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Festivals, Leaf Peeping Top Free W.Va. Events

September 12, 2014

John Raby, The Associated Press, September 12, 2014

CHARLESTON, W.Va. (AP) — Autumn's arrival in West Virginia means the leaves and the weather will be changing — and the fun is just getting started.

Celebrations of the legend of Mothman, parachute-jumping, roadkill and leaf-peeping highlight a fall full of free events in the Mountain State. All that's required is a map to get there.

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Great photo opportunities await as West Virginia's diverse forests burst in red, orange and gold. The change begins in higher elevations in late September, and runs from mid- to late October in most other sections of the state. A weekly fall foliage map can be found at .

Recommended drives in late September are from Harman to Spruce Knob, from Webster Springs to Valley Head, the Highland Scenic Highway in Pocahontas County, and in the Monongahela National Forest along state Routes 28-55 to the Dolly Sods Wilderness.


From apples to wine, there are 40 festivals around the state from now until the end of November.

None are more unique than in Point Pleasant, where nearly a half-century after the first reporting sighting of a mysterious creature with glowing red eyes, residents will again embrace the legend of Mothman on Sept. 20-21. There's even a statue and a museum about him in the Ohio River town that has seen its profile rise ever since the 2002 film "The Mothman Prophecies."

But nothing puts the wild in "Wild, Wonderful West Virginia" like the annual Roadkill Cook-off on Sept. 27 in Marlinton. Any wild game is game — as long as it doesn't come from the side of the road. For those with the stomach for it, there are dishes such as squirrel gravy over biscuits, deer sausage and teriyaki-marinated bear.

Admission to these types of events is usually free, though of course you'll pay for food, merchandise, and guided tours or special activities.


Get an up-front view on Oct. 18 as hundreds of parachutists leap off the 876-foot (267-meter) New River Gorge Bridge to the riverbank below.

The event in Fayetteville attracts BASE (Building, Antenna, Span, and Earth) jumpers from around the world and more than 100,000 tourists every third Saturday of October. It's the only day of the year that pedestrian traffic is allowed on the third-highest bridge in the United States.

For the jumpers, timing is key: The average fall lasts only a nail-biting six seconds before a parachute must be opened.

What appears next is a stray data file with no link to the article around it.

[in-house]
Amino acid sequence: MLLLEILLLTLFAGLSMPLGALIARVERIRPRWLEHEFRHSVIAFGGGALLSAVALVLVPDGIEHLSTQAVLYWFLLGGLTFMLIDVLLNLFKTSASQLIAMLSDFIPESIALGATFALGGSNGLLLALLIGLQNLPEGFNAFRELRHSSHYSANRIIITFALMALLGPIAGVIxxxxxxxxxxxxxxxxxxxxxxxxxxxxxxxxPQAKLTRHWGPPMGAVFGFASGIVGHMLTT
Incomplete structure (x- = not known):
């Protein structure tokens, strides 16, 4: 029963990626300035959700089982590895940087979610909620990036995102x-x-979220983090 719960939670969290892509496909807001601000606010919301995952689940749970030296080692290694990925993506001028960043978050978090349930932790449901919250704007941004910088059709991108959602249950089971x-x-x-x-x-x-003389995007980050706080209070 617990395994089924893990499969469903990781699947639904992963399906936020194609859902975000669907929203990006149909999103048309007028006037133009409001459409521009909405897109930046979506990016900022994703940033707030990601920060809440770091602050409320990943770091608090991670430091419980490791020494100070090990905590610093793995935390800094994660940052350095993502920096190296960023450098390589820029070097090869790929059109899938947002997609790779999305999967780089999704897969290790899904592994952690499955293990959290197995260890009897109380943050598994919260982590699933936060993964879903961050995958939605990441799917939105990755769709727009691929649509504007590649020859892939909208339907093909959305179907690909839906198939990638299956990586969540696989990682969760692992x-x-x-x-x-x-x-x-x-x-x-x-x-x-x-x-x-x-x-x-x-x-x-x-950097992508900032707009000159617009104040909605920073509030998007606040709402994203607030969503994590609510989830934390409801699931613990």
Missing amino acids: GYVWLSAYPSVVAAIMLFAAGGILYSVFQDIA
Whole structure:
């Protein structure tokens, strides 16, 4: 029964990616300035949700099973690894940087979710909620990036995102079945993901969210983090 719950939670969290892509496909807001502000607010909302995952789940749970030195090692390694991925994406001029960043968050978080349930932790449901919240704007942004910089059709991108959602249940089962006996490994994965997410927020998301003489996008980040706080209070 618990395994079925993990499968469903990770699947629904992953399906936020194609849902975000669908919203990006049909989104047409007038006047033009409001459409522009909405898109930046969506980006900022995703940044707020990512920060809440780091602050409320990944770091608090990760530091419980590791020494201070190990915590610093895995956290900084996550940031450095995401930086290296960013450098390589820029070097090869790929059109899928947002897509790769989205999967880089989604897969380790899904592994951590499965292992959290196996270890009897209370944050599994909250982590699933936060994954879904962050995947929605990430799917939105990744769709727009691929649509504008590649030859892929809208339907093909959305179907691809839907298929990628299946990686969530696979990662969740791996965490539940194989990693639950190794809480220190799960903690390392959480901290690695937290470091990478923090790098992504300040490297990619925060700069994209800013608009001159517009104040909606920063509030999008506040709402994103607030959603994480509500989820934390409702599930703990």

If exploring scenic vistas on foot is an option, then take a hike! West Virginia offers thousands of miles of trails for walking.

Popular landmarks include the sandstone peaks of Seneca Rocks, located about 160 miles (260 kilometers) southwest of Washington, D.C. The 1.3-mile (2-kilometer) trail to the top is steep but manageable by anyone who's reasonably fit. Other more challenging routes up attract adventurous hikers and rock climbers.

Less than an hour away are both the five-story tall Blackwater Falls and Spruce Knob, where an observation towers lets visitors enjoy views from the highest peak in the Allegheny Mountains at 4,863 feet (1,482 meters).

Visitors to the southern part of the state can soak in Grandview with aptly named overlooks of the New River below. The area has 6 miles (10 kilometers) of hiking trails, and there are eight campgrounds without hookups within the New River Gorge national park system that are free on a first-come, first-served basis.

A short drive from Grandview along Interstate 64-77 in Beckley is Tamarack, a retail center that showcases West Virginia handmade crafts, arts and specialty foods.

The state also has more than 375 miles (600 kilometers) of train tracks that have been converted into trails for walking, biking and horseback riding. Among the more popular are the 77-mile (124-kiilometer) Greenbrier River Trail, the 72-mile (116-kilometer) North Bend Rail Trail and the 24-mile (39-kilometer) Allegheny Highlands Trail.


Free tours are offered at the Blenko glass factory in Milton and the Homer Laughlin China Co. factory in Newell. Blenko has been making hand-blown products since 1893, including glass for the National Cathedral in Washington, D.C. Homer Laughlin, makers of Fiestaware, gives one-hour tours that are scheduled in advance.





This article was written by John Raby from The Associated Press and was legally licensed through the NewsCred publisher network.


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